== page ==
Misdiagnosed manganism near Mount Etna?
Scientists in Italy have found that the surfaces of lava stones from Mount Etna, in Sicily, may be leaching manganese into the environment. Almost 1.5 million people are supplied with water from Etna's wells and these findings could help identify any health risks associated with using this water.
Antonino Gulino and colleagues, at the University of Catania, have used x-ray photoelectron spectroscopy (XPS) to characterise the surface composition of lava stones emitted from Mount Etna during activity in April 2012.
XPS involves firing x-rays at a material and measuring the electrons subsequently released from its surface layers, down to a depth of a few nanometres. XPS allowed the team to differentiate between elements in the surface and elements in the bulk, unlike bulk analysis techniques used previously.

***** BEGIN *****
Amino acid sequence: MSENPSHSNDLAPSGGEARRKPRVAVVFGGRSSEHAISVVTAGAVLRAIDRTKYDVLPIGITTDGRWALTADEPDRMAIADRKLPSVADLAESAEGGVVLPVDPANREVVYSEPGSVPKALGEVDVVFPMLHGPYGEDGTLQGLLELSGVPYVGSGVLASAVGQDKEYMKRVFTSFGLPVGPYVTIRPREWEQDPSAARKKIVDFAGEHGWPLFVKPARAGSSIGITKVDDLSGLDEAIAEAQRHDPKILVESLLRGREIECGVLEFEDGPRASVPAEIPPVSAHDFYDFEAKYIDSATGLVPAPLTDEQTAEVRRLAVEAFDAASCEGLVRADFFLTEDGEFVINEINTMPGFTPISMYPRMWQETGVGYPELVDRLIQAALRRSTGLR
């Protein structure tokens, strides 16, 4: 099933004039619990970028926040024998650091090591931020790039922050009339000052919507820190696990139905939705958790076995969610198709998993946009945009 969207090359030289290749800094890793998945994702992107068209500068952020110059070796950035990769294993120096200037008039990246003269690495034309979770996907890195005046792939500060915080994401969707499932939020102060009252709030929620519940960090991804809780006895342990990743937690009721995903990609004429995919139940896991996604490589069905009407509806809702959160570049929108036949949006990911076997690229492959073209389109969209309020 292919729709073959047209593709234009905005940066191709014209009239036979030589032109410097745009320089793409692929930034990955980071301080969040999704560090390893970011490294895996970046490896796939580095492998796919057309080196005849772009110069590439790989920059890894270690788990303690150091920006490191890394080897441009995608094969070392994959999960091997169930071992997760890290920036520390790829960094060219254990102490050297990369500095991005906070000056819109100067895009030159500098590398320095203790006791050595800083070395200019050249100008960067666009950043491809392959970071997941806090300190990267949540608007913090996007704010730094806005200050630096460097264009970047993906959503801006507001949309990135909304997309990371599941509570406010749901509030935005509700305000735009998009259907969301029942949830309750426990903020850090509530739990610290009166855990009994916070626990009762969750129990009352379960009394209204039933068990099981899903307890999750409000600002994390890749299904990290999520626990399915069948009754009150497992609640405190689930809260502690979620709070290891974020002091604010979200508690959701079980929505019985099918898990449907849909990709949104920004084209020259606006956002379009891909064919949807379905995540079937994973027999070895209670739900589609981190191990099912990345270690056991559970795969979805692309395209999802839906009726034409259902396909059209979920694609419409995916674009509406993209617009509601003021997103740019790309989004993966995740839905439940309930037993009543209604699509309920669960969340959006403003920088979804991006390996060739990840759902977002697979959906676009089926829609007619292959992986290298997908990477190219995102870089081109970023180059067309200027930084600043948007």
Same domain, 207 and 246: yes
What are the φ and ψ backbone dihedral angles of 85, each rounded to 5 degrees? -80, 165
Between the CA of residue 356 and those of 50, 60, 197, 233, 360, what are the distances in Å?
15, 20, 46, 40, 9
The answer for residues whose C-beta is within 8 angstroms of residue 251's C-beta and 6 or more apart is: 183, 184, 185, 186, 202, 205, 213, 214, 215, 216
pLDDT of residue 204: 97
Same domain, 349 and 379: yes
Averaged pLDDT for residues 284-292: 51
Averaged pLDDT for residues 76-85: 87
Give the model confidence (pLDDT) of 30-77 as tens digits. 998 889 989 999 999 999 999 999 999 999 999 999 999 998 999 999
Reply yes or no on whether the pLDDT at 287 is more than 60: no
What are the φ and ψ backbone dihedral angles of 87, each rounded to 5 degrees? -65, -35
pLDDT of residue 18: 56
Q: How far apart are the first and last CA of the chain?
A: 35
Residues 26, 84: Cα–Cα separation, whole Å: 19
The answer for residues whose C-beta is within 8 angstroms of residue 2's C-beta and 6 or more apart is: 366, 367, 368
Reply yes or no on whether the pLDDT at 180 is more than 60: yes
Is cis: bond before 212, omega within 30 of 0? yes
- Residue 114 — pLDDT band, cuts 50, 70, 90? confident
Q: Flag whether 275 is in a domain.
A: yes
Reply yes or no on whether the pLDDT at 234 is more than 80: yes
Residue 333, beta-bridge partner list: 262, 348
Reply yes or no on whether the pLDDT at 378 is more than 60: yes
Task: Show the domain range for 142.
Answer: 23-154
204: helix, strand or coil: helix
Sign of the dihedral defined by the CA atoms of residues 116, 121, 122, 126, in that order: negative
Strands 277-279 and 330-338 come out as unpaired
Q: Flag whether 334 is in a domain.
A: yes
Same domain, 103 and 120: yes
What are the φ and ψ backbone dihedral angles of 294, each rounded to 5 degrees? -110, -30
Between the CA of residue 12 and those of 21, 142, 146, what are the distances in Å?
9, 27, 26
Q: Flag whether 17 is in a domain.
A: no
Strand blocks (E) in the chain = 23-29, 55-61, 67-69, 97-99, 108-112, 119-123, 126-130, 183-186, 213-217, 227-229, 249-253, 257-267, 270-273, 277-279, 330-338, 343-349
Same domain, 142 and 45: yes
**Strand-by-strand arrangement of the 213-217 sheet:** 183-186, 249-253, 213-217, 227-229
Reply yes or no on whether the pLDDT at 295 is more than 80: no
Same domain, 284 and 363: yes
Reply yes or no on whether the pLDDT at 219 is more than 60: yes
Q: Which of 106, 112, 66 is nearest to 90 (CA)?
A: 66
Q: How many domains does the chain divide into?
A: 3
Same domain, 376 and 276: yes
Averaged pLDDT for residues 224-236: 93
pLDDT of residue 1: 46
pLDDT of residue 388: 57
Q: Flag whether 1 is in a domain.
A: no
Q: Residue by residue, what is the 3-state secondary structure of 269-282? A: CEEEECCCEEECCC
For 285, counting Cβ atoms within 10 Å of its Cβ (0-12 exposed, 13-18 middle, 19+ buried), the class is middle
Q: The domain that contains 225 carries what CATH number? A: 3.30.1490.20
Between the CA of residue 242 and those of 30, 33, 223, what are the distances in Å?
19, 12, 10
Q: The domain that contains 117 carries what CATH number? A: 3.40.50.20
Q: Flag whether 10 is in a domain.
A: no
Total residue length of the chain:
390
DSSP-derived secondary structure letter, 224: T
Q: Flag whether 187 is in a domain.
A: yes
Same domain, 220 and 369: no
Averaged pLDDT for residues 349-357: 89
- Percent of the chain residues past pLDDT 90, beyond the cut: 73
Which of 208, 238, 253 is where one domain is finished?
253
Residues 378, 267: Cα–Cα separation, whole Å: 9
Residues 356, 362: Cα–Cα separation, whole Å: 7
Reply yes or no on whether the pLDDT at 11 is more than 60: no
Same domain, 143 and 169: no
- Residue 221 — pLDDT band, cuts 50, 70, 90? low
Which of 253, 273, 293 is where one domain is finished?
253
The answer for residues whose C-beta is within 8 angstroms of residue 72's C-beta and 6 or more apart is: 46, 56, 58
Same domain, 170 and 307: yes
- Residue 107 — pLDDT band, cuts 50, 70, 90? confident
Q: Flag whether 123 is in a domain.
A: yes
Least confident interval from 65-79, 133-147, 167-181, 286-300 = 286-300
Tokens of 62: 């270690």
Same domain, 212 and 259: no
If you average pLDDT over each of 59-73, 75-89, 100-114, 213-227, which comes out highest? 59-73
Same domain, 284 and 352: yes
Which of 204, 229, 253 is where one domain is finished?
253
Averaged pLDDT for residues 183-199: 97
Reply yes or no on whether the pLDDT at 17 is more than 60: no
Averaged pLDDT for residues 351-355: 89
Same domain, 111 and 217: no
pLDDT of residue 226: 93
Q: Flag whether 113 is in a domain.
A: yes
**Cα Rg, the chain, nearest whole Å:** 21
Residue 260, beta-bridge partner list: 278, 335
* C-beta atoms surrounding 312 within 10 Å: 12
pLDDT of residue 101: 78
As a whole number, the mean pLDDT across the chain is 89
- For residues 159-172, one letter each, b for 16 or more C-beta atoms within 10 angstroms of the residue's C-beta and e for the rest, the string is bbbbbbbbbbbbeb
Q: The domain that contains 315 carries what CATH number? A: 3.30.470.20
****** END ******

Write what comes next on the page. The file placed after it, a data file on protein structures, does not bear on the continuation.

The team found significantly lower amounts of silicon, iron, calcium and potassium, and higher amounts of aluminium, sodium and phosphorus on the surface than in the bulk. The surface manganese content was more than twice that in the bulk.
Incidence of Parkinson's disease around the volcano is well above average and doctors have been unable to rationalise these numbers. Groundwater from Etna's wells has been found to contain very high levels of some potentially toxic elements. Water samples collected in 2010 had manganese concentrations up to 2600μg/l - Italian legislation states it should be no higher than 50μg/l.
This suggests that manganese in groundwater could come from eroding lava rocks, and that the Parkinson's cases could in fact be caused by manganism - effectively manganese poisoning - which gives similar symptoms. More studies would be needed to confirm the links between manganese on the lava rocks' surfaces and in the water, and between the manganese in groundwater and Parkinson's symptoms, but the work highlights a possible source of the pollution.